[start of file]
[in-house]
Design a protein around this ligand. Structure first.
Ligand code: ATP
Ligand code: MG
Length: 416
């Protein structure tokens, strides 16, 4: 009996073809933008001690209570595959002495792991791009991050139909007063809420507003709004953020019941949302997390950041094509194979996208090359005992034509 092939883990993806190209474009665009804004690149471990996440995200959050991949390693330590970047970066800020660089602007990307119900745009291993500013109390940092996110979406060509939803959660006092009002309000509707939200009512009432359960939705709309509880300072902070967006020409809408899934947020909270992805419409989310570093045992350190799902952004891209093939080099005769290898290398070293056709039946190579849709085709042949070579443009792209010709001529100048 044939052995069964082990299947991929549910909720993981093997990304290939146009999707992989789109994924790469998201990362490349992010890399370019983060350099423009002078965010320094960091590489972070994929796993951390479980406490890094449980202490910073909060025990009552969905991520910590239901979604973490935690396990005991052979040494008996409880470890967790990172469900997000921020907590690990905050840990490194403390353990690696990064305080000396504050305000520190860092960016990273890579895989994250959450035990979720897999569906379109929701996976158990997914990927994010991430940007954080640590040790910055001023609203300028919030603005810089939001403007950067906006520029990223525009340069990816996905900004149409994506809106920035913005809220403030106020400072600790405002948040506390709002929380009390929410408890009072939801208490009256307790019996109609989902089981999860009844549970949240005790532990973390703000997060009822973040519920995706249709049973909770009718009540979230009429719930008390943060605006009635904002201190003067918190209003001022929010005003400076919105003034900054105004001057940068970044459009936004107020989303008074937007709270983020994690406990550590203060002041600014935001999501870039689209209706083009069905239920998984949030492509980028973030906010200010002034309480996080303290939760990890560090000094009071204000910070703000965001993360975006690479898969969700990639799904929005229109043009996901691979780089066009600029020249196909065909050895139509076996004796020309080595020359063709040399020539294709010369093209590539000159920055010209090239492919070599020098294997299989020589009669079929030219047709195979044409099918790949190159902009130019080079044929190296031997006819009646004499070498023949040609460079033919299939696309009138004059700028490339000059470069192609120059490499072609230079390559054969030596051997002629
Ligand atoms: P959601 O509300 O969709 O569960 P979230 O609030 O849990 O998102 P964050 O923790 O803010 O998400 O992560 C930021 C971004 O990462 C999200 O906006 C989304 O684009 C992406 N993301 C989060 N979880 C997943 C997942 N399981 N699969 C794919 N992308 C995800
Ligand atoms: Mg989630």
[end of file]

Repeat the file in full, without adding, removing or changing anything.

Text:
[in-house]
Design a protein around this ligand. Structure first.
Ligand code: ATP
Ligand code: MG
Length: 416
């Protein structure tokens, strides 16, 4: 009996073809933008001690209570595959002495792991791009991050139909007063809420507003709004953020019941949302997390950041094509194979996208090359005992034509 092939883990993806190209474009665009804004690149471990996440995200959050991949390693330590970047970066800020660089602007990307119900745009291993500013109390940092996110979406060509939803959660006092009002309000509707939200009512009432359960939705709309509880300072902070967006020409809408899934947020909270992805419409989310570093045992350190799902952004891209093939080099005769290898290398070293056709039946190579849709085709042949070579443009792209010709001529100048 044939052995069964082990299947991929549910909720993981093997990304290939146009999707992989789109994924790469998201990362490349992010890399370019983060350099423009002078965010320094960091590489972070994929796993951390479980406490890094449980202490910073909060025990009552969905991520910590239901979604973490935690396990005991052979040494008996409880470890967790990172469900997000921020907590690990905050840990490194403390353990690696990064305080000396504050305000520190860092960016990273890579895989994250959450035990979720897999569906379109929701996976158990997914990927994010991430940007954080640590040790910055001023609203300028919030603005810089939001403007950067906006520029990223525009340069990816996905900004149409994506809106920035913005809220403030106020400072600790405002948040506390709002929380009390929410408890009072939801208490009256307790019996109609989902089981999860009844549970949240005790532990973390703000997060009822973040519920995706249709049973909770009718009540979230009429719930008390943060605006009635904002201190003067918190209003001022929010005003400076919105003034900054105004001057940068970044459009936004107020989303008074937007709270983020994690406990550590203060002041600014935001999501870039689209209706083009069905239920998984949030492509980028973030906010200010002034309480996080303290939760990890560090000094009071204000910070703000965001993360975006690479898969969700990639799904929005229109043009996901691979780089066009600029020249196909065909050895139509076996004796020309080595020359063709040399020539294709010369093209590539000159920055010209090239492919070599020098294997299989020589009669079929030219047709195979044409099918790949190159902009130019080079044929190296031997006819009646004499070498023949040609460079033919299939696309009138004059700028490339000059470069192609120059490499072609230079390559054969030596051997002629
Ligand atoms: P959601 O509300 O969709 O569960 P979230 O609030 O849990 O998102 P964050 O923790 O803010 O998400 O992560 C930021 C971004 O990462 C999200 O906006 C989304 O684009 C992406 N993301 C989060 N979880 C997943 C997942 N399981 N699969 C794919 N992308 C995800
Ligand atoms: Mg989630």